New York State Court of Claims

New York State Court of Claims
FARIERA v. THE STATE OF NEW YORK, # 2018-040-049, Claim No. 128437, Motion No. M-91679, Cross-Motion No. CM-91761

Synopsis

State's Motion to Dismiss Claim as improperly served upon Defendant denied. Cross-motion to deem Notice of Intent a Claim denied as moot.

Case information

UID: 2018-040-049
Claimant(s): ROBERT FARIERA
Claimant short name: FARIERA
Footnote (claimant name) :
Defendant(s): THE STATE OF NEW YORK
Footnote (defendant name) :
Third-party claimant(s):
Third-party defendant(s):
Claim number(s): 128437
Motion number(s): M-91679
Cross-motion number(s): CM-91761
Judge: CHRISTOPHER J. McCARTHY
Claimant's attorney: Robert Fariera, Pro Se
Defendant's attorney: BARBARA D. UNDERWOOD
Attorney General of the State of New York
By: Thomas Trace, Esq., Senior Attorney
Third-party defendant's attorney:
Signature date: May 22, 2018
City: Albany
Comments:
Official citation:
Appellate results:
See also (multicaptioned case)

Decision

For the reasons set forth below, Defendant's Motion to dismiss the Claim based upon lack of subject matter and personal jurisdiction pursuant to CPLR 3211(a)(2) and (8) for failure to comply with the service requirements of Court of Claims Act 11 is denied and Claimant's Cross-Motion to deem the Notice of Intention to File a Claim as a duly filed Claim pursuant to Court of Claims Act 10(8)(a) is denied as moot.

This pro se Claim, which was filed with the office of the Clerk of the Court on August 29, 2016, asserts that, on February 10, 2016, Claimant fell at Central New York Psychiatric Center (hereinafter, "CNYPC"), while exiting a State van upon returning to CNYPC from a medical appointment. It is alleged that the State's employees were negligent in not assisting Claimant while he was exiting the vehicle.

Defendant seeks dismissal of the Claim on the basis that Claimant failed to serve the Claim upon Defendant in the manner required by Court of Claims Act 11(a)(i) (Affirmation of Thomas Trace, Esq., Senior Attorney [hereinafter, "Trace Affirmation"], 4). As pertinent to the instant matter, Court of Claims Act  11(a)(i) provides that the Claim be served personally or by certified mail, return receipt requested, upon the Attorney General within the time period provided in Court of Claims Act 10(3).

In his affirmation submitted in support of the Motion, Defense counsel asserts that, on March 21, 2016, Claimant served a Notice of Intention to File a Claim upon the Attorney General by certified mail, return receipt requested (Trace Affirmation, 2 and Exs. A and B attached thereto). Counsel further asserts that Claimant served the Claim upon the Attorney General by regular mail on August 29, 2016 (Trace Affirmation, 2 and Exs. C and D attached thereto). In reviewing Exhibit D, which is a photocopy of the envelope in which the Claim purportedly was mailed, the Court notes that the photocopy is completely illegible. It is a black page with a white sticker in the corner that reads "US Postage." Claimant, in opposition to the State's Motion, asserts that, on August 23, 2016, he submitted a CNYPC Disbursement Request Form requesting certified mail, return receipt requested for mail (in the space labeled "Item Description") addressed to the Attorney General and the postage amount is filled in as $1.78 (see Affidavit of Robert E. Fariera [hereinafter, "Fariera Affidavit"], 3, and Ex. A attached). It is not clear from the form who filled out the form and Claimant does not state who filled out the form, although he does state that the request was authorized by Treatment Team Leader Linda Salerno. As Defense counsel points out in his Affirmation in Opposition to Claimant's Cross-Motion (hereinafter, "Trace Affirmation in Opposition"), the CNYPC Disbursement Request is not certified as an original, unaltered copy of a document kept in the regular course of business at CNYPC and, therefore, is not admissible evidence (Trace Affirmation in Opposition, 3).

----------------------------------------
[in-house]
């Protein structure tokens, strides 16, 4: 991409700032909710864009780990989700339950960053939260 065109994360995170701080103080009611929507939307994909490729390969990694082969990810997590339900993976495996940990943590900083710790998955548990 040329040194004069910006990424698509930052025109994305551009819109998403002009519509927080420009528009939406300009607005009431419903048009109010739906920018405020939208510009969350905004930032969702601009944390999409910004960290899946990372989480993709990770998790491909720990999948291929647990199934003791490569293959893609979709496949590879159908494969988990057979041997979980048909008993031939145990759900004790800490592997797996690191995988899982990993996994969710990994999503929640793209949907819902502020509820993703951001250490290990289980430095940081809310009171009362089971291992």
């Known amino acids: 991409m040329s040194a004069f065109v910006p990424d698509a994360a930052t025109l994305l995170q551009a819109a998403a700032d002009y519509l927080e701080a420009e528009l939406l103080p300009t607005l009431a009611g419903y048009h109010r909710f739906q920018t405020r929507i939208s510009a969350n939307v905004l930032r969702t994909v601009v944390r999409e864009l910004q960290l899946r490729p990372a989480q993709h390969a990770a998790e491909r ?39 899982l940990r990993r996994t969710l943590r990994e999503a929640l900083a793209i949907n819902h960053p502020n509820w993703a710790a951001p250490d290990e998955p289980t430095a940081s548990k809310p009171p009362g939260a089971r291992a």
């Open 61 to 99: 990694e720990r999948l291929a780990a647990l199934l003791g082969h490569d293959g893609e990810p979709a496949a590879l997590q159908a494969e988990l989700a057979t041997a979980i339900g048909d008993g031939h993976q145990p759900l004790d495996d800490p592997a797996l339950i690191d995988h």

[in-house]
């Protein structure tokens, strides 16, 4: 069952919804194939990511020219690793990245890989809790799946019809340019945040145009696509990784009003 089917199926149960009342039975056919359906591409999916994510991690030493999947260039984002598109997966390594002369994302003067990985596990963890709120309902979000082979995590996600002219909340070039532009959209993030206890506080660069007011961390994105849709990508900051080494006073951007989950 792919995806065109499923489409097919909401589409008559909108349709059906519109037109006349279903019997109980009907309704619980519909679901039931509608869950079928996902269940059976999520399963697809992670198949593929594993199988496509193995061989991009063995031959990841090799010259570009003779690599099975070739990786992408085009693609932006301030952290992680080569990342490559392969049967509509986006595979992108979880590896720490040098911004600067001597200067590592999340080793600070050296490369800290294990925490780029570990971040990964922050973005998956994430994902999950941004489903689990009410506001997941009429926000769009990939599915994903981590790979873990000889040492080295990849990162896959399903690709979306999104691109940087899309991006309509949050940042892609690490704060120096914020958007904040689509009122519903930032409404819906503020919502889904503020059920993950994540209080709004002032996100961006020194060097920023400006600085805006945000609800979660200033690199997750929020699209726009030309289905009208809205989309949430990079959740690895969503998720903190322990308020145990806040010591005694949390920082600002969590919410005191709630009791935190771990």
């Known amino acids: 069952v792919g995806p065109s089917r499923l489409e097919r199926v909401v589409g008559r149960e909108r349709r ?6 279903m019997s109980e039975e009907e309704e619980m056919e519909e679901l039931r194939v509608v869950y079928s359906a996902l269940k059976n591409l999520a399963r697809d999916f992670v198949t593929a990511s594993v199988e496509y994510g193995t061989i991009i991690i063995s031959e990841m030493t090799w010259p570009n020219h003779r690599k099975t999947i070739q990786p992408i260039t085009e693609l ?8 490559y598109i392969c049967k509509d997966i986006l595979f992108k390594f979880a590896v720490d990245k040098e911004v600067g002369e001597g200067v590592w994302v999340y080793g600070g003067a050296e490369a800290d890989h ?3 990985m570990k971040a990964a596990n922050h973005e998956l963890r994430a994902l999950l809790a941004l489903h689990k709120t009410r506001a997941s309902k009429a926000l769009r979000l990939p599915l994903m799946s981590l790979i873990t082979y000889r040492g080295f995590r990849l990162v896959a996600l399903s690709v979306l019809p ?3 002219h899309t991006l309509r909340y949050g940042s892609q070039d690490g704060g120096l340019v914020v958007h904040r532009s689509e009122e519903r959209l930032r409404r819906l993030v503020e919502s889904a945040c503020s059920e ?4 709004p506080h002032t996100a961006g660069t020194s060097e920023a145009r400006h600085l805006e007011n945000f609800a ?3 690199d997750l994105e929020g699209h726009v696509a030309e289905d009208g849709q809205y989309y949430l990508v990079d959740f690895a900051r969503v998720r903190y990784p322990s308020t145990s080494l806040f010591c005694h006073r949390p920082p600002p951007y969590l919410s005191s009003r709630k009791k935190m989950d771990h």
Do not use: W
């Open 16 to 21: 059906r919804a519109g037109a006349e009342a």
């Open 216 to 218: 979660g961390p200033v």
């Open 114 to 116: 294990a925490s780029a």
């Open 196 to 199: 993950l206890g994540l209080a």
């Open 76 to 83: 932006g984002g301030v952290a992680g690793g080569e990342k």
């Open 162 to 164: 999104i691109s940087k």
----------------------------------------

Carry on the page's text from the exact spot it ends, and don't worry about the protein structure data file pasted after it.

The failure to properly serve the Attorney General gives rise to a defect in jurisdiction, which, if not raised with particularity, is subject to the waiver provisions of Court of Claims Act  11(c) (see Finnerty v New York State Thruway Auth., 75 NY2d 721, 723 [1989]; Matter of Dreger v New York State Thruway Auth., 177 AD2d 762, 763 [3d Dept 1991], affd 81 NY2d 721 [1992]; Suarez v State of New York, 193 AD2d 1037, 1038 [3d Dept 1993]; Knight v State of New York, 177 Misc 2d 181, 183 [Ct Cl 1998]).

Section 11 of the Court of Claims Act constitutes a jurisdictional prerequisite to the institution and maintenance of a claim against the State and, thus, must be strictly construed (Buckles v State of New York, 221 NY 418 [1917]; Ivy v State of New York, 27 AD3d 1190 [4th Dept 2006]; Byrne v State of New York, 104 AD2d 782 [2d Dept 1984], appeal denied 64 NY2d 607 [1985]). The Court cannot waive a defect in jurisdiction that has been timely raised (Thomas v State of New York, 144 AD2d 882 [3d Dept 1988]). While Defendant timely and properly raised, with particularity, in its Answer, dated October 5, 2016, as its Seventh Affirmative Defense, that the Claim was served by ordinary mail, and not served personally or by certified mail, return receipt requested, as required by Court of Claims Act 11(a), Defendant failed to establish that the Claim was served by regular mail, as Exhibit D attached to counsel's Affirmation, a photocopy of the envelope in which the Claim was mailed, is illegible. Therefore, the Court concludes that Defendant failed to establish that the Claim was improperly served upon it.

Based upon the foregoing, Defendant's Motion is denied.